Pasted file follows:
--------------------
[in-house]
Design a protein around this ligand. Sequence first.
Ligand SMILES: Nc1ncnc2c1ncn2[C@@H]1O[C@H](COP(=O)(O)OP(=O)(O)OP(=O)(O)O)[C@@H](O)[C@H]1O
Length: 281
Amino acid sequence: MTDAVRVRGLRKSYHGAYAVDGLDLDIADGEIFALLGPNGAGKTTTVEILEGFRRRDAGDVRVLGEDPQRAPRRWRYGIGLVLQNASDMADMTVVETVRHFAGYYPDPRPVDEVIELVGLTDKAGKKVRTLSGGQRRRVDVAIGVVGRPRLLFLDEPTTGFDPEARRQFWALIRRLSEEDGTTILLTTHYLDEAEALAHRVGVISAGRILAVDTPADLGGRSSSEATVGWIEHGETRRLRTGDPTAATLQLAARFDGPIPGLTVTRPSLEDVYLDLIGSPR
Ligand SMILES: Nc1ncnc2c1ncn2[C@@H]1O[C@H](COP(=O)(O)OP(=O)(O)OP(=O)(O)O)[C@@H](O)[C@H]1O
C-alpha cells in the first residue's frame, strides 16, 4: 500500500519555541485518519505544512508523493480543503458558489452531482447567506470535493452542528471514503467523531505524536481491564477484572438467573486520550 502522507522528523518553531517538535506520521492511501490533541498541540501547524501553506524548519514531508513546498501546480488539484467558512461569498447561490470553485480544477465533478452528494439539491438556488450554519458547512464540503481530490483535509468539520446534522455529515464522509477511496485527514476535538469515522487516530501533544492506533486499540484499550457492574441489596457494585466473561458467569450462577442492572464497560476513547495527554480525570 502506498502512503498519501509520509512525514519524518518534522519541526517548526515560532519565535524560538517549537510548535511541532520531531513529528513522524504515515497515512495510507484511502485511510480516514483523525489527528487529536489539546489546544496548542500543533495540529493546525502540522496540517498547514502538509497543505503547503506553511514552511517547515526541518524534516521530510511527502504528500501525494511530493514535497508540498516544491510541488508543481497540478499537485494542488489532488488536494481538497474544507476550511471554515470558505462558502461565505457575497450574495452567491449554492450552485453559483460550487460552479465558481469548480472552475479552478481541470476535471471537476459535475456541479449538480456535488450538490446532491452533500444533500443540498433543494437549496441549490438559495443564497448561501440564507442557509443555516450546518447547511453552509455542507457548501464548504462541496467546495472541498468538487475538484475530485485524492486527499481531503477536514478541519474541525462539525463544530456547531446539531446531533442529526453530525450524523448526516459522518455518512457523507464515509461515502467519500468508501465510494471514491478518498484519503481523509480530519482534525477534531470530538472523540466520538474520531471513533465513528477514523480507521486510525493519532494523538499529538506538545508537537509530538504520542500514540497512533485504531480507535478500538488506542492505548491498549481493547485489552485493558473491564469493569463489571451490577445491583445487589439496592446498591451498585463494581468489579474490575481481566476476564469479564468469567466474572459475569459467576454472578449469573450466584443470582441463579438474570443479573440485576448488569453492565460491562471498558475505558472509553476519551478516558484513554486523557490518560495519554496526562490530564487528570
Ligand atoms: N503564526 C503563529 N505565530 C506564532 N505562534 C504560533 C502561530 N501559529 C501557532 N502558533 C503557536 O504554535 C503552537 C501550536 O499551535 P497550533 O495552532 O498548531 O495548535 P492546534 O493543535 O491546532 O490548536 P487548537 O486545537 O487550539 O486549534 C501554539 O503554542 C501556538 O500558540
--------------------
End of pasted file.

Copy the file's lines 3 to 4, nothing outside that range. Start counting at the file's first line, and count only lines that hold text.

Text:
Ligand SMILES: Nc1ncnc2c1ncn2[C@@H]1O[C@H](COP(=O)(O)OP(=O)(O)OP(=O)(O)O)[C@@H](O)[C@H]1O
Length: 281